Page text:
Many people are familiar with bug bounty programs. They are designed to test the security of a company’s computer systems by crowdsourcing talent from all around the world to report bugs, especially those with critical vulnerabilities.
In a way, bug bounty programs make the services and software we use much safer, but that’s just on the surface.
While the rewards may seem generous ranging from $5,000 for “severe” bugs to $100,000 for discovering an operating system vulnerability, bug bounty programs have their cons as well. Here are some reasons why:
They indiscriminately attract the attention of both blackhat and whitehat hackers.
When a company sets up a bug bounty program, people from all sorts of backgrounds, be it whitehat or blackhat hackers, are free to probe the company’s systems for vulnerabilities.
This doesn’t necessarily guarantee a good outcome as malicious blackhat hackers are already on the hunt for vulnerable systems, and the announcement of a bug bounty program may draw them to a previously unknown target.
In worst-case scenarios, these blackhat hackers may try to probe beyond predetermined testing perimeters and potentially compromise a secondary system. Therefore, attracting both kind of hackers makes it difficult for companies to know their true intentions, which can be dangerous.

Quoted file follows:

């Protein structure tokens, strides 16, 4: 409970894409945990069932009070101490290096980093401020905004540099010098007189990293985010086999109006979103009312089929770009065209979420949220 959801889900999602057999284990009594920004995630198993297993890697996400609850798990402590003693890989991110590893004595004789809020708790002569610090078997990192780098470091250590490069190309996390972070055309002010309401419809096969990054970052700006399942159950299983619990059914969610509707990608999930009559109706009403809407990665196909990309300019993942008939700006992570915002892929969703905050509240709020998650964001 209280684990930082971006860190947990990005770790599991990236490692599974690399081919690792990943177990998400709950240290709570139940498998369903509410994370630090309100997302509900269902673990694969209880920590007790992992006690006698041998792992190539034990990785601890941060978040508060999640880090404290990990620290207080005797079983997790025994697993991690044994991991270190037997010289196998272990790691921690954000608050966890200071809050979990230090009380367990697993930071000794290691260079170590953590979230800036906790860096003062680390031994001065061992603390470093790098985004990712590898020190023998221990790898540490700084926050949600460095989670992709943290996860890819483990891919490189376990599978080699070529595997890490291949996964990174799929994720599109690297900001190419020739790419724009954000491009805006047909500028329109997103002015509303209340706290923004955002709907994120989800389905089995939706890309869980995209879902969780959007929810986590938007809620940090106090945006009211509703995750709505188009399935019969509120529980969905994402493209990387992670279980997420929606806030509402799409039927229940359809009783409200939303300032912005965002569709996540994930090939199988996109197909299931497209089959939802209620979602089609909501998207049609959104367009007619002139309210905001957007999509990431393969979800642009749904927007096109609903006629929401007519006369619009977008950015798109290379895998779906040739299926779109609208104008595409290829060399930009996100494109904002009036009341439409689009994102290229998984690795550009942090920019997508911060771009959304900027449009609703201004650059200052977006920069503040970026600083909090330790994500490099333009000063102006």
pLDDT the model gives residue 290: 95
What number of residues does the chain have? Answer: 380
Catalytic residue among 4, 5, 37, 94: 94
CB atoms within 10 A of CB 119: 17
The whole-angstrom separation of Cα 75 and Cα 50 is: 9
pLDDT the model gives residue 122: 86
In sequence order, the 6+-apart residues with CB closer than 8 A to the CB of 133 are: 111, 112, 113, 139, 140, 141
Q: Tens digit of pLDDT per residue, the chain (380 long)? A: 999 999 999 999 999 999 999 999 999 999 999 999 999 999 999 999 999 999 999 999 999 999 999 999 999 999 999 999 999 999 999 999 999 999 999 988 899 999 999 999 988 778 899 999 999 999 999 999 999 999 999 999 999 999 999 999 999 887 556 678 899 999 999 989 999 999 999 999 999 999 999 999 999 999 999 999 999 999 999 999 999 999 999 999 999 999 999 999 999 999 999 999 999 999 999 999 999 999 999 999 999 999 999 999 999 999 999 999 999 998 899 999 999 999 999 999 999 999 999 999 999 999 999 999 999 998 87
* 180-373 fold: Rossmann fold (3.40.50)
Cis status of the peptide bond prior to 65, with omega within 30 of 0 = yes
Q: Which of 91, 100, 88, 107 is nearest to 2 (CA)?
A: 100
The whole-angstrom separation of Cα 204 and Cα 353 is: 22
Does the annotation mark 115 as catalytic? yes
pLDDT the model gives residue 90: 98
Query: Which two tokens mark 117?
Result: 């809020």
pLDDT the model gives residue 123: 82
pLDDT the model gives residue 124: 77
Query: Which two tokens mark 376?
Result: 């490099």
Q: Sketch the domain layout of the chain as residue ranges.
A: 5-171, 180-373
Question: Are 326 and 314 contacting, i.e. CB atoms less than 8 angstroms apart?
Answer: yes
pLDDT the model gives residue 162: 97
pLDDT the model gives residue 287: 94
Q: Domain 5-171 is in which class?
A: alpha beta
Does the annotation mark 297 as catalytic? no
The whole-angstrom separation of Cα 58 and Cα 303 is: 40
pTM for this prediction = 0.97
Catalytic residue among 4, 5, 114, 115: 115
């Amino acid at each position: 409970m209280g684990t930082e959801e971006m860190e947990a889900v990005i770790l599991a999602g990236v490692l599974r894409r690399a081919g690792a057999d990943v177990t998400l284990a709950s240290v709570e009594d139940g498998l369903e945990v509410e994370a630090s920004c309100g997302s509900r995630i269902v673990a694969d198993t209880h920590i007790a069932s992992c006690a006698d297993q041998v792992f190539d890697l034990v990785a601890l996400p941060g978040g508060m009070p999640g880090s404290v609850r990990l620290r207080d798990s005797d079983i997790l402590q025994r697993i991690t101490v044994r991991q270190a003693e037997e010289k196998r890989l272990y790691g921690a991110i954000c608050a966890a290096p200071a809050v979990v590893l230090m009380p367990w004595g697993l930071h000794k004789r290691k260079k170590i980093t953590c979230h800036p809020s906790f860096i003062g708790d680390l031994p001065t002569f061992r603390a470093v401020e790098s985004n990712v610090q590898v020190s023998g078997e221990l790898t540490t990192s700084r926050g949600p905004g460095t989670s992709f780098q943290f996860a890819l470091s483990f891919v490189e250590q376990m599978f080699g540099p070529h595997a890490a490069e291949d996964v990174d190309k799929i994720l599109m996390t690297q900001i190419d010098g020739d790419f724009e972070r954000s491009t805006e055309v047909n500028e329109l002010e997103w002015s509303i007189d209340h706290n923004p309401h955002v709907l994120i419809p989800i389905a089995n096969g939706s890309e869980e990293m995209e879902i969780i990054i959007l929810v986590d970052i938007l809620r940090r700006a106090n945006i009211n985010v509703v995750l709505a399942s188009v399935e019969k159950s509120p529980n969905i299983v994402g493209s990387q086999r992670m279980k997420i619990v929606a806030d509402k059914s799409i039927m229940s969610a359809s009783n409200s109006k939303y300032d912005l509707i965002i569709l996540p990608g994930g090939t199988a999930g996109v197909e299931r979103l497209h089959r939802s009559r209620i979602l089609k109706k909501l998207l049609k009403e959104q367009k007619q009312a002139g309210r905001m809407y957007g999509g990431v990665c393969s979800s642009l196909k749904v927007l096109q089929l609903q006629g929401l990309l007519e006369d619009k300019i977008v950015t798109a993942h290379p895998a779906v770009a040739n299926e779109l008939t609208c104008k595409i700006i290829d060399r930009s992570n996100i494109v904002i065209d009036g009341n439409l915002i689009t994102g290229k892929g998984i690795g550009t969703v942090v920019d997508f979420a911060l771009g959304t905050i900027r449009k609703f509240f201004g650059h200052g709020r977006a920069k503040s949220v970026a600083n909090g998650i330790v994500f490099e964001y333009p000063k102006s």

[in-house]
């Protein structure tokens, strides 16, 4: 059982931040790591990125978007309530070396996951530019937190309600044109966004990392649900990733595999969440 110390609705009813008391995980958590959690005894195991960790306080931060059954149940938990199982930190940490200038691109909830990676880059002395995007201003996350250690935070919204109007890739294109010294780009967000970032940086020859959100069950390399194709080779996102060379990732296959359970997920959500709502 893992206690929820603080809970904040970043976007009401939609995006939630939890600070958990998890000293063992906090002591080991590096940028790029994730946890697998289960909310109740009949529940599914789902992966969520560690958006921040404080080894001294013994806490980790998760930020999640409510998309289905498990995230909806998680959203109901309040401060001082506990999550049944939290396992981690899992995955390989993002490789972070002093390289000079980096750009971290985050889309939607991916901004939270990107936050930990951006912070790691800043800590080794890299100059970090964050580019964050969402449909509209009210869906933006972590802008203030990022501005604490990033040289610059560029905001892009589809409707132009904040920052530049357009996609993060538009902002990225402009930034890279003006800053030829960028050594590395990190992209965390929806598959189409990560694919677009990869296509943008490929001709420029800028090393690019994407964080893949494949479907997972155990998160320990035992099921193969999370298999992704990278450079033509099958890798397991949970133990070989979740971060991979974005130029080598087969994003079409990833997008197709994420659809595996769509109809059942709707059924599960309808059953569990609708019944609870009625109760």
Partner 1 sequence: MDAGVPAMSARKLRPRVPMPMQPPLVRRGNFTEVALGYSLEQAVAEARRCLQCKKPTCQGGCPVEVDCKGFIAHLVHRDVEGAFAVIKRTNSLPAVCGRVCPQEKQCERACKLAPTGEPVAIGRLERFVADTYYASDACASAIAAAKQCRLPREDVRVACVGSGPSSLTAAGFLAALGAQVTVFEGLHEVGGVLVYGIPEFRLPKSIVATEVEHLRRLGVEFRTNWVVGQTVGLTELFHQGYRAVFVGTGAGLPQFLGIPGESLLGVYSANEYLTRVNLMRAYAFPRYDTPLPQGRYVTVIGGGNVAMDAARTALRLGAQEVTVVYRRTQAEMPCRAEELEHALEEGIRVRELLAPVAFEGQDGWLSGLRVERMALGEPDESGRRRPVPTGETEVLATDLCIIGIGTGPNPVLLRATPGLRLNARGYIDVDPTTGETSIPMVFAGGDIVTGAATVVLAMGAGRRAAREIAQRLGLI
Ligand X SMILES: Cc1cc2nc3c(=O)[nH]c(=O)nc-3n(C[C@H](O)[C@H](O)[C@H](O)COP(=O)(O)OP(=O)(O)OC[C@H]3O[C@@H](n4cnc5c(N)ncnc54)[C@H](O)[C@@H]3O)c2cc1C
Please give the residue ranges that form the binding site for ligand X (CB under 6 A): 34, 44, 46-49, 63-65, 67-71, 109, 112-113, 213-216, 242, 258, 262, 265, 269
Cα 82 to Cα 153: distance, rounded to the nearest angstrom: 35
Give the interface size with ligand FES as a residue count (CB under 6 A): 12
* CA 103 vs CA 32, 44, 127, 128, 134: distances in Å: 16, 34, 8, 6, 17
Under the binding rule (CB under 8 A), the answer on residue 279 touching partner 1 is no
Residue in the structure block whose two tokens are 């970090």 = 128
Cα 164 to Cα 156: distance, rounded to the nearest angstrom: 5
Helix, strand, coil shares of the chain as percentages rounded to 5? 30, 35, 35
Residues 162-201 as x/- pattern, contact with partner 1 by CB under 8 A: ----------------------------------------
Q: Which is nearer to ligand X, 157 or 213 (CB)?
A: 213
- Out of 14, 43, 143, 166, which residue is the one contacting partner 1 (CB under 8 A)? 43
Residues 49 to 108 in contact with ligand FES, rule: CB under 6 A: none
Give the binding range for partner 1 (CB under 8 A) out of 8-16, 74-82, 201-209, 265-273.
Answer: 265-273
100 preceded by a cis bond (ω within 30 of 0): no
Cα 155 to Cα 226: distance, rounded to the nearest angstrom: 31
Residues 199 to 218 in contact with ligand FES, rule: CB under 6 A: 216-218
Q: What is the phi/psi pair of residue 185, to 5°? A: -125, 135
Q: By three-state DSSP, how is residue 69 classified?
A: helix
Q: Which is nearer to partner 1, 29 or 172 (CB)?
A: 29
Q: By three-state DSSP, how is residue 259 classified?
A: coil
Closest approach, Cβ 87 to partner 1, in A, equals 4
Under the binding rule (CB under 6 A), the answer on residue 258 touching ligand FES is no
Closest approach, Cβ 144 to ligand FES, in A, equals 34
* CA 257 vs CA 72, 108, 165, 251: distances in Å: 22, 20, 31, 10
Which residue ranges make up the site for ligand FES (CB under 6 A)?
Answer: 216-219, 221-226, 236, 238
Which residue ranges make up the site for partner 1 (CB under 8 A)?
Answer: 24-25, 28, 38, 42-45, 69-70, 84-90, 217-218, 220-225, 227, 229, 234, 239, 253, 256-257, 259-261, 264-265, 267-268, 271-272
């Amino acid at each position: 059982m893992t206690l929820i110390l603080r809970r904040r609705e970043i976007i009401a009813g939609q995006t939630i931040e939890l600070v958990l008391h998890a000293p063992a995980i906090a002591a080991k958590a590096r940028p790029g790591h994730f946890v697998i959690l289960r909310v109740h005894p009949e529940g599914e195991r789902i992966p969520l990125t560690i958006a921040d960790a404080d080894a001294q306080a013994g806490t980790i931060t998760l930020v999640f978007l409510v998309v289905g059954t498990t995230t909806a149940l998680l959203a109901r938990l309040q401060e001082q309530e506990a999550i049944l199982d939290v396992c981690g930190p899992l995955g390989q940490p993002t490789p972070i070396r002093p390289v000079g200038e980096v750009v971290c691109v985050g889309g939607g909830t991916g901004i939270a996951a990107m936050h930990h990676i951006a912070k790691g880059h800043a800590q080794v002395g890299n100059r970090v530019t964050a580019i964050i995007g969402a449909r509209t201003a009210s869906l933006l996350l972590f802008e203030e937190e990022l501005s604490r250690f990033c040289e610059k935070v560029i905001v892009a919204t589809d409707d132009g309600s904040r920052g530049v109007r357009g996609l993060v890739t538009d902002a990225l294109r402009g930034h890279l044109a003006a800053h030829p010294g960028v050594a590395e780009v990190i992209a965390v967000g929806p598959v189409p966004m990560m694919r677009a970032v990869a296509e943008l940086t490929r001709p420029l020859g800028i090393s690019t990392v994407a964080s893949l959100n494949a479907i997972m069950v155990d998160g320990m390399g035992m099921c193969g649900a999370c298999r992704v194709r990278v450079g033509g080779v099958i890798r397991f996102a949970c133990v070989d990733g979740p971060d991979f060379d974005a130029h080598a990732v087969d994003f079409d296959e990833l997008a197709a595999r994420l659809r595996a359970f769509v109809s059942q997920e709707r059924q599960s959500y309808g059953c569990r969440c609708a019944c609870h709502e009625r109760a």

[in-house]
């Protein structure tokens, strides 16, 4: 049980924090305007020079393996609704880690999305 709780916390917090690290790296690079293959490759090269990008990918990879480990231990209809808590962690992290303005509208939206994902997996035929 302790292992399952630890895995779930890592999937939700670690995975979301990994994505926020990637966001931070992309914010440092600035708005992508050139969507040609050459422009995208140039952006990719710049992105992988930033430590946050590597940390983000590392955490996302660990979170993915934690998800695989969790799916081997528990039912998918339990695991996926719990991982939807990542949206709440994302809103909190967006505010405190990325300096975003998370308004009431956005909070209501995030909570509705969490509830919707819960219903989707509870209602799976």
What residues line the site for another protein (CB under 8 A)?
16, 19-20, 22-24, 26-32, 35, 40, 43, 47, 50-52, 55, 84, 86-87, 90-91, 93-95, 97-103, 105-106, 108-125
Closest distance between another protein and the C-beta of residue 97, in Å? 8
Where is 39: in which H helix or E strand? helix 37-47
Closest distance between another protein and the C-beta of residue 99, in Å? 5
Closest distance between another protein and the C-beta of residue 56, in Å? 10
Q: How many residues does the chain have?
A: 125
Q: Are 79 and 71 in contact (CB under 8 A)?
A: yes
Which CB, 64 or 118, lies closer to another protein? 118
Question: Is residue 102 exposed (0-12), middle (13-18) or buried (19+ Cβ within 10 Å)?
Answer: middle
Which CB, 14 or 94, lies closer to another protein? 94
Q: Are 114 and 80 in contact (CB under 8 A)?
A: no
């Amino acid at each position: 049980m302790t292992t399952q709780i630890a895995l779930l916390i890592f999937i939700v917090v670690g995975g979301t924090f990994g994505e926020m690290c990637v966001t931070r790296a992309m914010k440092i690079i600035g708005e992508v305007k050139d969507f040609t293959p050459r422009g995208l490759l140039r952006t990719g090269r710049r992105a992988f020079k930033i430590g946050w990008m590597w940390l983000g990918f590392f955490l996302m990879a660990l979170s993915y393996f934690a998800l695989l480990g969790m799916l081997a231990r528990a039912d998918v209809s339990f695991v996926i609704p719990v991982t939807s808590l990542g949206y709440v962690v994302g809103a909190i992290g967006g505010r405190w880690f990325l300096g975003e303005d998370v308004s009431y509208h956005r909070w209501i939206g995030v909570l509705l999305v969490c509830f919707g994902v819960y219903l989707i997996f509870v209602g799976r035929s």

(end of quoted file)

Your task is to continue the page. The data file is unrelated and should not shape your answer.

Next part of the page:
Though companies like Google, Facebook, Microsoft, and PayPal are currently running bug bounty programs, not all big enterprises believe in the power of bug bounty programs.
In fact, some may have the opinion that implementing such a program is rewarding bad behavior, essentially making these “bug bounty hunters” withhold their knowledge of a vulnerability to themselves until the company pays up.
There is also the fact that these hunters might not always have the best intentions in mind, as they might publicize the vulnerabilities for fame or attempt to sell knowledge of them on the black market—using the fact that the rewards are publicized as a bargaining chip to obtain higher bids.
For large enterprises, bug bounty programs can prove to be extremely useful since software vulnerabilities and bugs are reported before malicious agents can fully exploit them. This gives software vendors some time to patch up the bugs before it releases the next version.
Furthermore, considering that bug bounty programs only pay out when there are results, in the long term they present an efficient and cost-effective way for companies to track and manage exploits.
However, for those working long hours trying to find a vulnerability, the payout might not be enough to keep them motivated.
Compared to traditional penetration tests, which are typically carried out by a small number of people, bug bounty programs broaden the scope of talent leveraged and encourage a company’s own customers and the general public to report vulnerabilities and bugs.
If the vulnerabilities are validated and remediated, at end of the day these fixed vulnerabilities benefit us all. However, simply having a bug bounty program is not enough to improve a company’s security, and they come with downsides. Therefore, it’s important for companies to evaluate the pros and cons before implementing any sort of program.